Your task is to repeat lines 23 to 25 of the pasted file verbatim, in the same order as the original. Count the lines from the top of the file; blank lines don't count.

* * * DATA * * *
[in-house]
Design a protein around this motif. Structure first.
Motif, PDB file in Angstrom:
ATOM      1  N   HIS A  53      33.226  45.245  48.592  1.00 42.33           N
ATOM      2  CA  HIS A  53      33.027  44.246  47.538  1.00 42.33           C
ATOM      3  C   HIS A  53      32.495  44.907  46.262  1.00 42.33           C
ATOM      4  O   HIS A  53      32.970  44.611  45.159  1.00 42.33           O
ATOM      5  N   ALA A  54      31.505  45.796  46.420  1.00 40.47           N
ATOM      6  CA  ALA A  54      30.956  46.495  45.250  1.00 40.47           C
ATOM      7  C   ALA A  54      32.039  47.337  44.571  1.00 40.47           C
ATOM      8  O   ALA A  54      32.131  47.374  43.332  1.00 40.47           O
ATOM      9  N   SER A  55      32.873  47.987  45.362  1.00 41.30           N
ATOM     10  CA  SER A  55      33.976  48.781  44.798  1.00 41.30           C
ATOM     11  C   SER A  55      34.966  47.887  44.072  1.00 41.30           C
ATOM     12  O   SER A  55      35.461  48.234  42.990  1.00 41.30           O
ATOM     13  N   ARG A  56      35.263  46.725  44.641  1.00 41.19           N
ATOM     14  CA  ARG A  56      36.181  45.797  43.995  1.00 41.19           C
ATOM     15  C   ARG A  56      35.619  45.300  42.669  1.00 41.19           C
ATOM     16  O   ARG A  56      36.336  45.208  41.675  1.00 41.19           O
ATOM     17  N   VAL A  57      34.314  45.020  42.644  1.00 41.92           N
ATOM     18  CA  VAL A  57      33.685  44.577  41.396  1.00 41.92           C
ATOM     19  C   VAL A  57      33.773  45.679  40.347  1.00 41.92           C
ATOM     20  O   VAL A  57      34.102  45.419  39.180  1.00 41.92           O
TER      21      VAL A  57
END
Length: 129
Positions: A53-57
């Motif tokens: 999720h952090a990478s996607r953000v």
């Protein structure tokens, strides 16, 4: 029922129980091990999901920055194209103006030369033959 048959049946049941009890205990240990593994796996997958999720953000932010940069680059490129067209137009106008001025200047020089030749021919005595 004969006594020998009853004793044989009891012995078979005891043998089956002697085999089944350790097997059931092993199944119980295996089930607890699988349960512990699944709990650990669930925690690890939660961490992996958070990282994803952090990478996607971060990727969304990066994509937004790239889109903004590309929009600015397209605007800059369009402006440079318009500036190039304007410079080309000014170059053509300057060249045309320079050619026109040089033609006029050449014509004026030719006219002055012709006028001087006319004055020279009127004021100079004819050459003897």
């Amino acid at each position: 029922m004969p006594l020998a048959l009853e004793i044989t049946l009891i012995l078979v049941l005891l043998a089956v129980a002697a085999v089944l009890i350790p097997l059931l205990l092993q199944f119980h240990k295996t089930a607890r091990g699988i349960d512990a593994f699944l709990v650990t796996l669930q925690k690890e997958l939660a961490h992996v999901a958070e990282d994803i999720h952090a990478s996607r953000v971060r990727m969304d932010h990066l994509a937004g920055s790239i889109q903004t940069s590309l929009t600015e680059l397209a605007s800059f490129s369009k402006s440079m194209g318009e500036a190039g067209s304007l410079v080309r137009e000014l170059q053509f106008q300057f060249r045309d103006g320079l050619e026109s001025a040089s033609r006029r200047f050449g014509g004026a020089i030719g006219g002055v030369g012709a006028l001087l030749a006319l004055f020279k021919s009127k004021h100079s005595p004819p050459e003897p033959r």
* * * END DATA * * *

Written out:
ATOM     20  O   VAL A  57      34.102  45.419  39.180  1.00 41.92           O
TER      21      VAL A  57
END